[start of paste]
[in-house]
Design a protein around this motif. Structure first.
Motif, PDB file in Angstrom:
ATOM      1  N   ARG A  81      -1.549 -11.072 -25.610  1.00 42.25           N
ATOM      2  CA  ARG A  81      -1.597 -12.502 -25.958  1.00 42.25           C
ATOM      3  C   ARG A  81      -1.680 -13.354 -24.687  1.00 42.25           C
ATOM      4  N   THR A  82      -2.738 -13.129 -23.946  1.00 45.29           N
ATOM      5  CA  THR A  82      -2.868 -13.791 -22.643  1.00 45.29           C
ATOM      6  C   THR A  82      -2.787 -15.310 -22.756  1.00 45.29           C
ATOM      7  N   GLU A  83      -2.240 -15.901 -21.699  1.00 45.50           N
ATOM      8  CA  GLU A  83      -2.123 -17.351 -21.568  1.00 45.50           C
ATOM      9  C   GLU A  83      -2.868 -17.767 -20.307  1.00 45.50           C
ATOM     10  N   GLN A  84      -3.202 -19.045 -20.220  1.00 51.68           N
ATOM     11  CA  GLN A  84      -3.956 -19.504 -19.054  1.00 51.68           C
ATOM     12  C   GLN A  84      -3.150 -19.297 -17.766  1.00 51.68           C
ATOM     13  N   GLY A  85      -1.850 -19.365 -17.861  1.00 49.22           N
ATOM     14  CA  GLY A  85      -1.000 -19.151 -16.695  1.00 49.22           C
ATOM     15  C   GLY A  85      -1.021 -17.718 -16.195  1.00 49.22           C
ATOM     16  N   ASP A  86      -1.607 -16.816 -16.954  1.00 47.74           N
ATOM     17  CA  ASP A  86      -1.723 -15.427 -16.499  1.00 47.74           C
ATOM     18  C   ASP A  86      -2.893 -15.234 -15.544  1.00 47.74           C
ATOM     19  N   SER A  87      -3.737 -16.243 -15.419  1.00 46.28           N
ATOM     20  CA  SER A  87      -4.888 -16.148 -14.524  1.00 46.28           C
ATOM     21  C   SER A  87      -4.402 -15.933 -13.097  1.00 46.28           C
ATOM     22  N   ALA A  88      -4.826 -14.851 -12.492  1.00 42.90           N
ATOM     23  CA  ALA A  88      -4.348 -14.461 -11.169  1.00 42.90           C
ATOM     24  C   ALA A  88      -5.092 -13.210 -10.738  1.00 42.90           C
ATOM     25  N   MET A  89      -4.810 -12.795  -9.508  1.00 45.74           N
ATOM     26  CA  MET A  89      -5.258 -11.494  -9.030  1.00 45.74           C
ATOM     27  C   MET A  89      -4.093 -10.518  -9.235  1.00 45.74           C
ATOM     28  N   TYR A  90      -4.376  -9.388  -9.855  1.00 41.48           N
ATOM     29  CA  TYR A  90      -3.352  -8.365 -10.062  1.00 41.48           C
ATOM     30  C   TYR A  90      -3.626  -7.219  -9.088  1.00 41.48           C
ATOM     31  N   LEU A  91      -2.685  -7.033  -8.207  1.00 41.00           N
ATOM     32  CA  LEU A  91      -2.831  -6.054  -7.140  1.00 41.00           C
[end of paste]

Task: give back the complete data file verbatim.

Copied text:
[in-house]
Design a protein around this motif. Structure first.
Motif, PDB file in Angstrom:
ATOM      1  N   ARG A  81      -1.549 -11.072 -25.610  1.00 42.25           N
ATOM      2  CA  ARG A  81      -1.597 -12.502 -25.958  1.00 42.25           C
ATOM      3  C   ARG A  81      -1.680 -13.354 -24.687  1.00 42.25           C
ATOM      4  N   THR A  82      -2.738 -13.129 -23.946  1.00 45.29           N
ATOM      5  CA  THR A  82      -2.868 -13.791 -22.643  1.00 45.29           C
ATOM      6  C   THR A  82      -2.787 -15.310 -22.756  1.00 45.29           C
ATOM      7  N   GLU A  83      -2.240 -15.901 -21.699  1.00 45.50           N
ATOM      8  CA  GLU A  83      -2.123 -17.351 -21.568  1.00 45.50           C
ATOM      9  C   GLU A  83      -2.868 -17.767 -20.307  1.00 45.50           C
ATOM     10  N   GLN A  84      -3.202 -19.045 -20.220  1.00 51.68           N
ATOM     11  CA  GLN A  84      -3.956 -19.504 -19.054  1.00 51.68           C
ATOM     12  C   GLN A  84      -3.150 -19.297 -17.766  1.00 51.68           C
ATOM     13  N   GLY A  85      -1.850 -19.365 -17.861  1.00 49.22           N
ATOM     14  CA  GLY A  85      -1.000 -19.151 -16.695  1.00 49.22           C
ATOM     15  C   GLY A  85      -1.021 -17.718 -16.195  1.00 49.22           C
ATOM     16  N   ASP A  86      -1.607 -16.816 -16.954  1.00 47.74           N
ATOM     17  CA  ASP A  86      -1.723 -15.427 -16.499  1.00 47.74           C
ATOM     18  C   ASP A  86      -2.893 -15.234 -15.544  1.00 47.74           C
ATOM     19  N   SER A  87      -3.737 -16.243 -15.419  1.00 46.28           N
ATOM     20  CA  SER A  87      -4.888 -16.148 -14.524  1.00 46.28           C
ATOM     21  C   SER A  87      -4.402 -15.933 -13.097  1.00 46.28           C
ATOM     22  N   ALA A  88      -4.826 -14.851 -12.492  1.00 42.90           N
ATOM     23  CA  ALA A  88      -4.348 -14.461 -11.169  1.00 42.90           C
ATOM     24  C   ALA A  88      -5.092 -13.210 -10.738  1.00 42.90           C
ATOM     25  N   MET A  89      -4.810 -12.795  -9.508  1.00 45.74           N
ATOM     26  CA  MET A  89      -5.258 -11.494  -9.030  1.00 45.74           C
ATOM     27  C   MET A  89      -4.093 -10.518  -9.235  1.00 45.74           C
ATOM     28  N   TYR A  90      -4.376  -9.388  -9.855  1.00 41.48           N
ATOM     29  CA  TYR A  90      -3.352  -8.365 -10.062  1.00 41.48           C
ATOM     30  C   TYR A  90      -3.626  -7.219  -9.088  1.00 41.48           C
ATOM     31  N   LEU A  91      -2.685  -7.033  -8.207  1.00 41.00           N
ATOM     32  CA  LEU A  91      -2.831  -6.054  -7.140  1.00 41.00           C